Case study: Hazy synthetic data cuts time for Nationwide to evaluate innovation partners from six months to three days
Nationwide Building Society is pioneering rapid innovation in the financial sector by increasingly collaborating with vendors in the burgeoning fintech ecosystem in order to remain competitive. A major hurdle for Nationwide to get the full value out of this initiative is provisioning representative data to third parties due to strict governance controls around their raw data assets. This process can take six months or more to clear. This stifles the pace of innovation.
Hazy successfully delivered a safe synthetic transaction data generator to Nationwide Building Society that cut the data provisioning process down to three days.
Hazy synthetic data preserves real customer behaviour without exposing any customer information or transactions, making the synthetic data 100 percent safe and fully representative of the real data. This means it can be used as a drop-in replacement for real data in existing workflows, allowing Nationwide to unlock third-party collaborations and increase the pace of innovation.
The banking industry is rapidly changing and the need to innovate has never been more critical to remain competitive. Transformation is being driven by factors such as new entrants, ease of switching, and digital banking services. In addition, technological developments in other sectors are increasing expectations from customers about how they manage their money. However, the way banks and building societies are innovating is also changing: in-house innovation teams are increasingly working with third parties to innovate faster by capitalising on their specialised expertise and applications. This approach offers huge potential for banks and building societies to tap into additional capability faster and more cost-effectively but faces a significant challenge: the ability to share data.
Sharing data for analysis is an operational requirement for financial institutions, enabling them to gain insights that directly support business imperatives including innovation, fraud detection and credit risk. Such insights enable in-house teams and third parties to build, shape and deliver propositions derived from understanding customer behaviours based on their transactions.
Data sharing is quite rightly subject to strict governance, security, regulation and legislation such as:
- European Union General Data Protection Regulation (GDPR)
- Payment Card Industry Data Security Standard (PCI-DSS)
- California Privacy Rights Act of 2020 (CRPA)
- UK Data Protection Act (DPA)
In some cases, these regulations make sharing data across regional borders or organisations impossible which would otherwise allow for even greater insights.
Synthetic data is a new paradigm for sharing information safely and responsibly for innovation in financial services. Hazy synthetic data uses artificial intelligence and machine learning to create synthetic data from securely held customer data which does not leave its protected environment. Hazy’s software extracts the statistical information and relationships within the data but contains none of the original data so cannot be traced back in any way to the source, meaning that customers are 100 percent protected. Synthetic data can therefore be used by internal teams and third parties freely and safely to analyse and validate commercial innovations quickly.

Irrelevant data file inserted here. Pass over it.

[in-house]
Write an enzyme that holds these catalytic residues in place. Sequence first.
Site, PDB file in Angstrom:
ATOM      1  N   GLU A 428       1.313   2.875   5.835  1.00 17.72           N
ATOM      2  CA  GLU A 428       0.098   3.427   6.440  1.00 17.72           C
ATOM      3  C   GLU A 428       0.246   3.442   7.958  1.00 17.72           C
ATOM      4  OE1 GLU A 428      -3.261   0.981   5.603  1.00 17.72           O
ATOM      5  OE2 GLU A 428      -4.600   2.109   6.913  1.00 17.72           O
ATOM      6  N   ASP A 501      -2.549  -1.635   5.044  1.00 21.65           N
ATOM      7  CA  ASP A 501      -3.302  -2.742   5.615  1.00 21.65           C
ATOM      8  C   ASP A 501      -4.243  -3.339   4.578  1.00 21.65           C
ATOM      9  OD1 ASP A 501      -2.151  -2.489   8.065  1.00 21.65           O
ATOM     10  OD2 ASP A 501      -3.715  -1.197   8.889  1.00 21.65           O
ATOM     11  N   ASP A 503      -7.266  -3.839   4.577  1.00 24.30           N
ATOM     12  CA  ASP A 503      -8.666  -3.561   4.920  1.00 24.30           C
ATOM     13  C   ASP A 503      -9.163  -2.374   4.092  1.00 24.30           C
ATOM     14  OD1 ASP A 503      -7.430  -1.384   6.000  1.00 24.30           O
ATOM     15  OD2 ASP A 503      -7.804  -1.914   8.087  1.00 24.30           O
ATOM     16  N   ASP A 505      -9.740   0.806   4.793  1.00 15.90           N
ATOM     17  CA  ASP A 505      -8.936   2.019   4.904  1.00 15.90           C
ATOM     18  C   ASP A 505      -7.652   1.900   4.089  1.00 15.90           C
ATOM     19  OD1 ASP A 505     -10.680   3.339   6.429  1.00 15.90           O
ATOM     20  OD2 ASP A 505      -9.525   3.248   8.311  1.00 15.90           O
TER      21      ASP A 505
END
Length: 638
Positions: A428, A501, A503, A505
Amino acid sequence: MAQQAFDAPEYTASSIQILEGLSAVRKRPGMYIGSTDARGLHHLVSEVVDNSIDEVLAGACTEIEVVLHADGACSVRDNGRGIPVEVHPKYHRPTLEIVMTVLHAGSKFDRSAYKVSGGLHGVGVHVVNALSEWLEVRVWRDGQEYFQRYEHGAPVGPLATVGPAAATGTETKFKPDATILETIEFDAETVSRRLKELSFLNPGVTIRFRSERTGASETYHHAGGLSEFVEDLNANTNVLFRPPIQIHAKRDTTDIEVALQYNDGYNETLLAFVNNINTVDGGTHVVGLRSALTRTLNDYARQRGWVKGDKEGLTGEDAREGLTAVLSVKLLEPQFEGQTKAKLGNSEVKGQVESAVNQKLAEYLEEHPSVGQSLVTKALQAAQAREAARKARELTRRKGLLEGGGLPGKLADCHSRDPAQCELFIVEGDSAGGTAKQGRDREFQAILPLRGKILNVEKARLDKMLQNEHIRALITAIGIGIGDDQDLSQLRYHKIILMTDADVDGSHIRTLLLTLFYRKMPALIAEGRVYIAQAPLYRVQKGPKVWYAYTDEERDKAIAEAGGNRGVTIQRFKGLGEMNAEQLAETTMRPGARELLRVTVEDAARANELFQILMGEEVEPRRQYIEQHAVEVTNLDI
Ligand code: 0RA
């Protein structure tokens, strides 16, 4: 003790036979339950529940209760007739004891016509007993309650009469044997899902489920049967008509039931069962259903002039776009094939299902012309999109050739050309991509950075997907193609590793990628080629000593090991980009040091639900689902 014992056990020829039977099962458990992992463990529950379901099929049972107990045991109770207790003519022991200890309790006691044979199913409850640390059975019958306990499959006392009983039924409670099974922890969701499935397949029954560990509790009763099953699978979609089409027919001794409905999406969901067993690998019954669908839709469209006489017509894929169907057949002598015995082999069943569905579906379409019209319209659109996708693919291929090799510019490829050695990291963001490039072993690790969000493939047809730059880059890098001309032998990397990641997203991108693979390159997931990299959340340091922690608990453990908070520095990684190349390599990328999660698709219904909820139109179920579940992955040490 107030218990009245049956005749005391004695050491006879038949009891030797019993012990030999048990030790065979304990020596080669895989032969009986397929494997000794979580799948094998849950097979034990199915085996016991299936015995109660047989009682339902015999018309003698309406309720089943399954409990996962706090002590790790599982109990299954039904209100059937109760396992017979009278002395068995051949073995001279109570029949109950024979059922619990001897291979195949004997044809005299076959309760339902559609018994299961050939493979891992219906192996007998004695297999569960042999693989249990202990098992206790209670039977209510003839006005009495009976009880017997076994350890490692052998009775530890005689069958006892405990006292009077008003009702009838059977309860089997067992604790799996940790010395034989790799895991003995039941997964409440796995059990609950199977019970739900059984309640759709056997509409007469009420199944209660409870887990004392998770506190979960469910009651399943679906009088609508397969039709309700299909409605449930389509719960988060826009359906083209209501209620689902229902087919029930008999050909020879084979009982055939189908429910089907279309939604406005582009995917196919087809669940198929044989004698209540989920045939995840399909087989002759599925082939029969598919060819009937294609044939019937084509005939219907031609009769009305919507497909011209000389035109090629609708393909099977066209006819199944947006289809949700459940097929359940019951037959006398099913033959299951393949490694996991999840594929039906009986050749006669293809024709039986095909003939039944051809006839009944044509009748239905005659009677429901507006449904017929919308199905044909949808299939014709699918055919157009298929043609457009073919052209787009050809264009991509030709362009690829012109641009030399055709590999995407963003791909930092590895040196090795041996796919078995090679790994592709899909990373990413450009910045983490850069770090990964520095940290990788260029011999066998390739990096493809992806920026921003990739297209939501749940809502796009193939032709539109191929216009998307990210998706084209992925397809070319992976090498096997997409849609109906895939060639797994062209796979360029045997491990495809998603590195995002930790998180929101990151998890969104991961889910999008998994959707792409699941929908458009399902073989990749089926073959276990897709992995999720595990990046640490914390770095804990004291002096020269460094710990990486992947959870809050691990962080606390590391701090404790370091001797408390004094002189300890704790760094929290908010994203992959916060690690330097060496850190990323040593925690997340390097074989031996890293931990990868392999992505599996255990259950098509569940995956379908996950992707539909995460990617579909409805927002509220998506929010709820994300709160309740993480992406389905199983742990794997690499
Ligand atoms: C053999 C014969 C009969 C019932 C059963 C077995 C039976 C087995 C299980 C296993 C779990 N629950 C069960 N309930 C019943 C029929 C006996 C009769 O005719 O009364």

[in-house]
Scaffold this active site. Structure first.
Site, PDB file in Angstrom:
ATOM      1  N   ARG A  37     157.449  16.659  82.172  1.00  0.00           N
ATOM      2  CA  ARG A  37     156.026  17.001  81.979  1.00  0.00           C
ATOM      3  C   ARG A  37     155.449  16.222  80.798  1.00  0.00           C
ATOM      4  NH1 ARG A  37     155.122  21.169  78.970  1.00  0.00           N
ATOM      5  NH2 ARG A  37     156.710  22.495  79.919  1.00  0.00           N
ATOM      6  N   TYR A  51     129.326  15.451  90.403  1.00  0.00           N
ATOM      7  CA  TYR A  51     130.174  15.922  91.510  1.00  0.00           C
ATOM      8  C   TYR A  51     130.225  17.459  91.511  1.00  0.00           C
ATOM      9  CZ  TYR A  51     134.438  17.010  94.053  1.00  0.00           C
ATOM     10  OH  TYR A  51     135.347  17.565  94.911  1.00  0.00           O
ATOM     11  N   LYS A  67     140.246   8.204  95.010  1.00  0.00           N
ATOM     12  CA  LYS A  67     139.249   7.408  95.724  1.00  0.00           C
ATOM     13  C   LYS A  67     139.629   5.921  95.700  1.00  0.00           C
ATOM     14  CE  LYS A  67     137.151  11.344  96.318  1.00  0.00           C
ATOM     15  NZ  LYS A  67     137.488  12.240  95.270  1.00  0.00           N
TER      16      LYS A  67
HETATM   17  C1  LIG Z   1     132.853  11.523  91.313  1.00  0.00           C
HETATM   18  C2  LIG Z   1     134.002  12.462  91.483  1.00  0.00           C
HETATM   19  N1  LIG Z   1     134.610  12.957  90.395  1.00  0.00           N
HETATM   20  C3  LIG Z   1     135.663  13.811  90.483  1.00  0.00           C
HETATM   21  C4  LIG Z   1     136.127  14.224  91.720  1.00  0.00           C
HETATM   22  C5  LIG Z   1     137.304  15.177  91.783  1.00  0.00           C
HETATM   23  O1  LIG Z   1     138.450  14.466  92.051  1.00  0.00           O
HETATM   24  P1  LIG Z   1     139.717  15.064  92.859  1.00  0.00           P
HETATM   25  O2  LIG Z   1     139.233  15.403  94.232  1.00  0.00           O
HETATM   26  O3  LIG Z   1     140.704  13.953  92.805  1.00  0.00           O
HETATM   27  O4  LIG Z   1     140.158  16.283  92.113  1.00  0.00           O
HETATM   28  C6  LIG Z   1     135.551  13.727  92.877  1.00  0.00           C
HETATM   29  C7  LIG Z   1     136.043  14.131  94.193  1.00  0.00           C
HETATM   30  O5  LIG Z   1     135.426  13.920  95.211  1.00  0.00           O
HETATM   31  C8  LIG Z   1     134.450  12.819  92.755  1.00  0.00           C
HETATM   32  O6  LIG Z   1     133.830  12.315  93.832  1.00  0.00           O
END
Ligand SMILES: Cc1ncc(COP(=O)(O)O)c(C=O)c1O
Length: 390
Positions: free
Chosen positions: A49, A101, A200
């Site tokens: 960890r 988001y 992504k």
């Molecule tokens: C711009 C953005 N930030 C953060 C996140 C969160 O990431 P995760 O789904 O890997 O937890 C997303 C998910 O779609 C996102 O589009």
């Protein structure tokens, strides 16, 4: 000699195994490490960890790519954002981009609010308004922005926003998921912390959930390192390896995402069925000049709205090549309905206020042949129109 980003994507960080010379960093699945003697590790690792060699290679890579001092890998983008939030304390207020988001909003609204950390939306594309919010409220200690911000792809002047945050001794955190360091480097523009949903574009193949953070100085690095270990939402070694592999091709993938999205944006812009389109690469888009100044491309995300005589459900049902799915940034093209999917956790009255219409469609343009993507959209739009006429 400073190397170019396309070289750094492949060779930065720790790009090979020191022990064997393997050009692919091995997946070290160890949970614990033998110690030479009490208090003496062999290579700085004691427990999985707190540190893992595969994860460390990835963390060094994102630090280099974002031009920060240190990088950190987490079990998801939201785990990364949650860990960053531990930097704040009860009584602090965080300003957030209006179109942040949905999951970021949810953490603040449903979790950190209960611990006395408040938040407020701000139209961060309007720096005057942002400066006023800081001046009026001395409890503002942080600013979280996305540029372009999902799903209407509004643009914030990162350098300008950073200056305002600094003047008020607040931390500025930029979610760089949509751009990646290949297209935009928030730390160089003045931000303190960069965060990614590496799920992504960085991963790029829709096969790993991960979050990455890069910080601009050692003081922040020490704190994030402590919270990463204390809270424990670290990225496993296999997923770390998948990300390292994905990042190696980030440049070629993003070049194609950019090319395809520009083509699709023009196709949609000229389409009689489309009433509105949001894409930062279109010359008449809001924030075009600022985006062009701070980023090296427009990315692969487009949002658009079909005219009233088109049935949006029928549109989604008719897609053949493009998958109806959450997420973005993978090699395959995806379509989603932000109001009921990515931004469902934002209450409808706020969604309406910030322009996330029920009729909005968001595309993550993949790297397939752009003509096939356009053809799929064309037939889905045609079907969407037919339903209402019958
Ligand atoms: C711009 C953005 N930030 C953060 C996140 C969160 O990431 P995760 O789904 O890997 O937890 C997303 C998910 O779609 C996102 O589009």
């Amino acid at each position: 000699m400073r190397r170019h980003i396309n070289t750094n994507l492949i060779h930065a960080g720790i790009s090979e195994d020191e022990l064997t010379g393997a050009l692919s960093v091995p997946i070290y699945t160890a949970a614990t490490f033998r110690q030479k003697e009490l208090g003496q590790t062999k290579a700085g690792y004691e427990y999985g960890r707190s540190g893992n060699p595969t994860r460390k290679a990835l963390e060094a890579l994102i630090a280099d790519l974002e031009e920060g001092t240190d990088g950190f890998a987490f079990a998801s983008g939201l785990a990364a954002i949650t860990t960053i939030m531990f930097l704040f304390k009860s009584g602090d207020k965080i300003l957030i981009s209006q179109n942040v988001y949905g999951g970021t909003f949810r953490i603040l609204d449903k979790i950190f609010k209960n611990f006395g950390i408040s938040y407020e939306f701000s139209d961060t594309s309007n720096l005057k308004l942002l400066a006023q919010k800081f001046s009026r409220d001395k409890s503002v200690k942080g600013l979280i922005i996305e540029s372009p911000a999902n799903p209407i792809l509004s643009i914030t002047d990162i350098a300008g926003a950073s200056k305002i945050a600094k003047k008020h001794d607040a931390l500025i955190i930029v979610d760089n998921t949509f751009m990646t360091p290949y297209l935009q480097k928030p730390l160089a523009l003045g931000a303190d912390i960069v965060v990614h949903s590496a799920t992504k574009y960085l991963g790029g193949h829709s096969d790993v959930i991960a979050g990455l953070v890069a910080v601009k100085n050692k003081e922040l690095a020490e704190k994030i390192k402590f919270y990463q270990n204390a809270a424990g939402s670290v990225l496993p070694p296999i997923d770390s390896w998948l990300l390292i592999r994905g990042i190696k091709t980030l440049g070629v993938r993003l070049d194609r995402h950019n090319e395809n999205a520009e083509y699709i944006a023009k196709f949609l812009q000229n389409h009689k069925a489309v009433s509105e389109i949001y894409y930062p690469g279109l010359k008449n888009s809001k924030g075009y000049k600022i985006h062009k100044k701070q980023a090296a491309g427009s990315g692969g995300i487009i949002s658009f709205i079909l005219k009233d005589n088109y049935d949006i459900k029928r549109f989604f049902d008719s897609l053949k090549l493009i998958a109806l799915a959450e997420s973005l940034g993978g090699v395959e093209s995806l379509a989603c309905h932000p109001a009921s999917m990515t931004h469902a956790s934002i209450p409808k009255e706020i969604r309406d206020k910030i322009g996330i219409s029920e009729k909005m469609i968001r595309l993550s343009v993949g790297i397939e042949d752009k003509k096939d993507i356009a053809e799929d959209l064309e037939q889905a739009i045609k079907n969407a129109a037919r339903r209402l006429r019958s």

Nationwide Building Society and Hazy have worked together to address these challenges head-on and removed three major barriers to sharing transactions safely and faster with third party partners:
- Generating synthetic data that preserves the statistical characteristics of the original data sufficiently for behavioural analysis of current account transactions
- Substantially reducing the time and cost of creating safe data from months to days
- Sharing synthetic data via the cloud without risk
This is the first time that synthetic data has been proven to preserve the time-sensitive nuances of customer banking transactions that can be shared safely with external parties in a production environment.
It is also a transformational play for Nationwide in proving that synthetic data is sufficiently representative of real data to increase their speed to innovation and sets a benchmark for driving data agility and eliminating security concerns for sharing data.
Companies face multiple challenges to sharing data. Key amongst these is the ability to transfer the patterns of consumer behaviour in the data needed to feed the analytics they want to run, without the need to transfer the real data. Another important challenge is that Nationwide wants to do this without forcing their analytical partners to ingest an entirely new type of data structure. In other words, they want a drop-in replacement for the real data that has the same schema and properties.
Techniques such as data masking and data anonymisation which have until now been used to protect the privacy of customer’s data have known weaknesses including:
- Not preserving key statistical relationships in the original data
- Being a slow and resource-intensive process
- The risk of being reverse engineered to reveal original data (eg, through linked attacks)
A further challenge is that the time it takes to create masked data depends on complexity and size. There are also limits to the quality and utility of the output compared to production data. This is an industry challenge as the whole process can take six months or more which significantly reduces the capacity to innovate and collaborate with third parties.
Synthetic data addresses these challenges, enabling Nationwide to obtain representative, reusable customer transaction data that contains no personally identifiable information, which can be shared with third parties for validation of their capabilities and innovation exercises. Such capability enables Nationwide to generate a proper assessment of third party technologies without exposing the Building Society to risk or requiring a lengthy governance process to obtain data.